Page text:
What I see in Reverend Wright's sermons is the ancient revival strain of the jeremiad, named not for Jeremiah Wright but for the Old Testament Prophet Jeremiah.  The role of the prophets was to call the Israelites back to the ways of God.  Through brutally honest and astringent  sermons, they revealed and condemned individual and societal sins; and called down the wrath of God upon both.  Reverend Wright says that we brought 9/11 on ourselves because of our own terrorism abroad and asked, later, how we thought we could engage in terrorism abroad and somehow, magically, think we could escape it at home. We don't like to think of ourselves as terrorists and blind ourselves to how others perceive our actions. We, as Christ said, see the mote in our brothers' eyes but miss the beam in our own.   And we condemn the messenger as unpatriotic.  As a society we have a long history of racism, ethnic discrimination, persecution and outright theft.  To point out that history and underline the persistence of those attitudes in the present isn't to diminish the progress that has been made.  It simply states what should be obvious to anyone: there is more work to be done.  But it is far easier to rest on our supposed laurels and condemn the messenger as unpatriotic.  I won't even go into the fact that the sources of these 'radical' sound bites are the political opponents of a member of Mr. Wright's church and the sole purpose is to devise a way to win at any cost.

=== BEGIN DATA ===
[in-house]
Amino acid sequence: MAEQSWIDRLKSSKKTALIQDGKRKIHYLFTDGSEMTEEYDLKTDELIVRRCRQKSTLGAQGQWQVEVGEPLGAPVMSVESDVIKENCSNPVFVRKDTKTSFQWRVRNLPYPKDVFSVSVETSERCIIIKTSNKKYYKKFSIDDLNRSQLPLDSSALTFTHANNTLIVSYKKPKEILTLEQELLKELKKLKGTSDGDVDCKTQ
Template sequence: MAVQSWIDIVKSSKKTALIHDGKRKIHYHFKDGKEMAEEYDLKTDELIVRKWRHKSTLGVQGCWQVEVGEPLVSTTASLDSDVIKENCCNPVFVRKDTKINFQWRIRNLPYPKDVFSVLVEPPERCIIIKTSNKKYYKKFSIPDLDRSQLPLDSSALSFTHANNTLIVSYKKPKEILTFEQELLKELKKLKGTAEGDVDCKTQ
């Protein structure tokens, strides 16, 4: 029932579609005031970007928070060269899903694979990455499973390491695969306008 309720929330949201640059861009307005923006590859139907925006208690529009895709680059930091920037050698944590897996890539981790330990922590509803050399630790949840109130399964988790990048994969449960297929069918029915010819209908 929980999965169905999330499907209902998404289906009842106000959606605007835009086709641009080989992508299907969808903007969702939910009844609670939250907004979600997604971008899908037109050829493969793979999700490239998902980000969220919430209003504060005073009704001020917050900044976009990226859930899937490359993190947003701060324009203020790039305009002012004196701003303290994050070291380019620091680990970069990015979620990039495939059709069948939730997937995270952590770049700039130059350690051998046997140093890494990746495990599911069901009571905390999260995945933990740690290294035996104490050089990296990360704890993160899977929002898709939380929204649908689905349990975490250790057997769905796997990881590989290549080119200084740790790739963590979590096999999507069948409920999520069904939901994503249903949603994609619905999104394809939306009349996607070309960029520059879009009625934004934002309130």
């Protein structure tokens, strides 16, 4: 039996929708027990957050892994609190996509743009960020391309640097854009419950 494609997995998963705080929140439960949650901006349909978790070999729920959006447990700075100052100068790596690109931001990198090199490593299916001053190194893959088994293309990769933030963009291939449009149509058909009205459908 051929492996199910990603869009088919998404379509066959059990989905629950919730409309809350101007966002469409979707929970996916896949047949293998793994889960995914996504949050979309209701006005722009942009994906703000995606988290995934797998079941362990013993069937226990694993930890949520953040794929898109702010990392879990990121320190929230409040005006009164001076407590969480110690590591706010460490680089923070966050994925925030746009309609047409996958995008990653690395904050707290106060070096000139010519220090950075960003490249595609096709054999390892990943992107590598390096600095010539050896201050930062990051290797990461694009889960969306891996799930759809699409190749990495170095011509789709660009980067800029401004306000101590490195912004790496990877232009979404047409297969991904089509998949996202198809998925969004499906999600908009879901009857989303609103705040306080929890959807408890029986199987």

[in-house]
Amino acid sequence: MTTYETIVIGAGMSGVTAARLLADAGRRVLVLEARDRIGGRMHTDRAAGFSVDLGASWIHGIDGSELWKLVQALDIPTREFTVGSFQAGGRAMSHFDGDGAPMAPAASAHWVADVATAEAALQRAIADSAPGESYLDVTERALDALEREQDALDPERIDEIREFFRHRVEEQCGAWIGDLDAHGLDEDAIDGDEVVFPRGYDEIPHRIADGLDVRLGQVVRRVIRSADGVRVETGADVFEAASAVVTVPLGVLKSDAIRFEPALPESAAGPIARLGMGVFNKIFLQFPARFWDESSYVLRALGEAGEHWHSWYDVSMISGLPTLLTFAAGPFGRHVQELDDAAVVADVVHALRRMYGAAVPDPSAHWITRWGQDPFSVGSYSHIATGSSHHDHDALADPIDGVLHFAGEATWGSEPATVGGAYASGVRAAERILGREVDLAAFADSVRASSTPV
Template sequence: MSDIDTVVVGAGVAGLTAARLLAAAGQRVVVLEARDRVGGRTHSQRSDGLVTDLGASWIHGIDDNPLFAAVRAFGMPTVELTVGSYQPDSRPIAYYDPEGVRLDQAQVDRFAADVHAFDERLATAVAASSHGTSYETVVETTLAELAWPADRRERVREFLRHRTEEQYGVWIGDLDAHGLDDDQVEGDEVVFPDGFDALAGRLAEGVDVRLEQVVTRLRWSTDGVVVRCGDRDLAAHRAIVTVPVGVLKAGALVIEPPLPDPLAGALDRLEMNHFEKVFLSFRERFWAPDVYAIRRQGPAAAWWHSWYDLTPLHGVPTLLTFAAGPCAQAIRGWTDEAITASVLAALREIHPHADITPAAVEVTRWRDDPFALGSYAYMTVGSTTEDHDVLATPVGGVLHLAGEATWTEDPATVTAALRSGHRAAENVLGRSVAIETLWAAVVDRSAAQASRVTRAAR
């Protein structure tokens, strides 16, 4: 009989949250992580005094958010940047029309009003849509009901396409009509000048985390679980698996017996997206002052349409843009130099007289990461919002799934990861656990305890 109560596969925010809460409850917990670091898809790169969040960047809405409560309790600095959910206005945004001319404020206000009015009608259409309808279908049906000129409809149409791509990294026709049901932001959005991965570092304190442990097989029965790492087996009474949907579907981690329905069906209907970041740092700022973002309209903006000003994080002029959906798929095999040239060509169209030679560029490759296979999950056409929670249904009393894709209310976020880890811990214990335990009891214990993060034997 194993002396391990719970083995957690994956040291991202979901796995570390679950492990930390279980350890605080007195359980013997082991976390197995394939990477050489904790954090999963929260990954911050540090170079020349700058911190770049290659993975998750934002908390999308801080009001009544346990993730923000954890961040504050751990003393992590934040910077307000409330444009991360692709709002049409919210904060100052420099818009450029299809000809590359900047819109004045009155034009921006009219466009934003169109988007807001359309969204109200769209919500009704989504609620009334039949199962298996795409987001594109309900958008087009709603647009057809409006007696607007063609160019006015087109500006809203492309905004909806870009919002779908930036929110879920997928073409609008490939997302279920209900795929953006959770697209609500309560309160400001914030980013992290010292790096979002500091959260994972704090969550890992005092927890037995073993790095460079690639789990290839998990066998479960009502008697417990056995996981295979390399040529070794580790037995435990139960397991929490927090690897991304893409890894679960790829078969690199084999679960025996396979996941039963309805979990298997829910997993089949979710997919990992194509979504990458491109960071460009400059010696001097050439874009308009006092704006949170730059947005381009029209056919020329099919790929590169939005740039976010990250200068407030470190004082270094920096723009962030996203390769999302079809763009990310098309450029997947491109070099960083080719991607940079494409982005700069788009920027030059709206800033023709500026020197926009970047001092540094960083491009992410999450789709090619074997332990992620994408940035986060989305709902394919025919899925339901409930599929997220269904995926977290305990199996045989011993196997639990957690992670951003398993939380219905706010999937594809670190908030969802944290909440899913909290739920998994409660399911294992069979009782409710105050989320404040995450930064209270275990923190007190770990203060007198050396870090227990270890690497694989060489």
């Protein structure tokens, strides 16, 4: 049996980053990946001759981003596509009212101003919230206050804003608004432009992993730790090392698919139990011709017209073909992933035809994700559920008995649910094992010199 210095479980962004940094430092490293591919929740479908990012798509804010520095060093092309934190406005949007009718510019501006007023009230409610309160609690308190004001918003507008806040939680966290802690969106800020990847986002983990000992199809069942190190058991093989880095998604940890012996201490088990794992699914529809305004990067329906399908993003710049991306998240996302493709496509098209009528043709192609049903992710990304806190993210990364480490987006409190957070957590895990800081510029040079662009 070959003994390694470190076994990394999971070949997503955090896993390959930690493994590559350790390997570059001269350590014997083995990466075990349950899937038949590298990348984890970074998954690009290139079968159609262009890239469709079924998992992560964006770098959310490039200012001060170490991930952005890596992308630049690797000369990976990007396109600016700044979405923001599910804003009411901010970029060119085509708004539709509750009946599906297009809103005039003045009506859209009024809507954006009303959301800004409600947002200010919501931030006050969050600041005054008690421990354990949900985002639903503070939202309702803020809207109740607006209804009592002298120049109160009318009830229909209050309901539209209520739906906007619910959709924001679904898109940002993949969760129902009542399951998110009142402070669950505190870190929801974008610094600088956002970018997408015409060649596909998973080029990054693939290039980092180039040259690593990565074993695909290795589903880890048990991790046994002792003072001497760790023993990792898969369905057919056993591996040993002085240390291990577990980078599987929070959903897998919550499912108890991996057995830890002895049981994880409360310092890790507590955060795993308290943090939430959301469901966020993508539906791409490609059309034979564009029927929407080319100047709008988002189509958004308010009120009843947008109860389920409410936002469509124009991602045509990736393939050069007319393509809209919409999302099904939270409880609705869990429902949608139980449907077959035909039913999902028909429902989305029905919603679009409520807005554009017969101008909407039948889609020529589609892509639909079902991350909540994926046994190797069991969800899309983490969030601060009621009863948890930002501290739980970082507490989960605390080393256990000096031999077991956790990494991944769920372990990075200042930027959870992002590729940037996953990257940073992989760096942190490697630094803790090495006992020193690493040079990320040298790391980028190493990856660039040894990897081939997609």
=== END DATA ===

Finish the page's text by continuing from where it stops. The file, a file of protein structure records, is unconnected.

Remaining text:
By the way, where was the mainstream media and the pundits when prominent white ministers said, in the days after 9/11, that America deserved what she got because of our tolerance of homosexuals and abortion?  Why were they not accused of lack of patriotism?  Or were they wearing flag pins in their lapels?  

When I was a child my father like to end arguments concerning the shortcomings of the United States with the phrase 'my country, right or wrong' and followed with 'love it, or leave it.' He did that until the day I discovered a different quote: 'my country; when she is right to be kept right and when she is wrong to be put right.'  I think the second notion is a much better measure of patriotism which is why Jeremiah Wright doesn't frighten me.